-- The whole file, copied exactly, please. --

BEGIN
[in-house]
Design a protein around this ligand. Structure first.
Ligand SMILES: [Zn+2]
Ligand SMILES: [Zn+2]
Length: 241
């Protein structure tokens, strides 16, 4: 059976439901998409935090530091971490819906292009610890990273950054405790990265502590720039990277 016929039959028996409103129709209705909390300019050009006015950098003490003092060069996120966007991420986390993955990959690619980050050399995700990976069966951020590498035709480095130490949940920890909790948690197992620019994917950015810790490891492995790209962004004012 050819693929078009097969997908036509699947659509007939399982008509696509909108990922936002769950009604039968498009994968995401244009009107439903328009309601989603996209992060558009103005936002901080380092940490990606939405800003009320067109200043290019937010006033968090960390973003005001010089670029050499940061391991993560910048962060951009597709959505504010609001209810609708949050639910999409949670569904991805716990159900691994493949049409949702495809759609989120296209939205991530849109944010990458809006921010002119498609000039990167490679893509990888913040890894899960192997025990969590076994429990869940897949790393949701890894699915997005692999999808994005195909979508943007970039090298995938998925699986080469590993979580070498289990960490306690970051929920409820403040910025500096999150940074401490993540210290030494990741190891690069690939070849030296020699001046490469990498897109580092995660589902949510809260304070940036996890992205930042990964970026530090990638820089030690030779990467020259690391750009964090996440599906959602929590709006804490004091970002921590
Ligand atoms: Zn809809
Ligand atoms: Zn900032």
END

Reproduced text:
[in-house]
Design a protein around this ligand. Structure first.
Ligand SMILES: [Zn+2]
Ligand SMILES: [Zn+2]
Length: 241
């Protein structure tokens, strides 16, 4: 059976439901998409935090530091971490819906292009610890990273950054405790990265502590720039990277 016929039959028996409103129709209705909390300019050009006015950098003490003092060069996120966007991420986390993955990959690619980050050399995700990976069966951020590498035709480095130490949940920890909790948690197992620019994917950015810790490891492995790209962004004012 050819693929078009097969997908036509699947659509007939399982008509696509909108990922936002769950009604039968498009994968995401244009009107439903328009309601989603996209992060558009103005936002901080380092940490990606939405800003009320067109200043290019937010006033968090960390973003005001010089670029050499940061391991993560910048962060951009597709959505504010609001209810609708949050639910999409949670569904991805716990159900691994493949049409949702495809759609989120296209939205991530849109944010990458809006921010002119498609000039990167490679893509990888913040890894899960192997025990969590076994429990869940897949790393949701890894699915997005692999999808994005195909979508943007970039090298995938998925699986080469590993979580070498289990960490306690970051929920409820403040910025500096999150940074401490993540210290030494990741190891690069690939070849030296020699001046490469990498897109580092995660589902949510809260304070940036996890992205930042990964970026530090990638820089030690030779990467020259690391750009964090996440599906959602929590709006804490004091970002921590
Ligand atoms: Zn809809
Ligand atoms: Zn900032």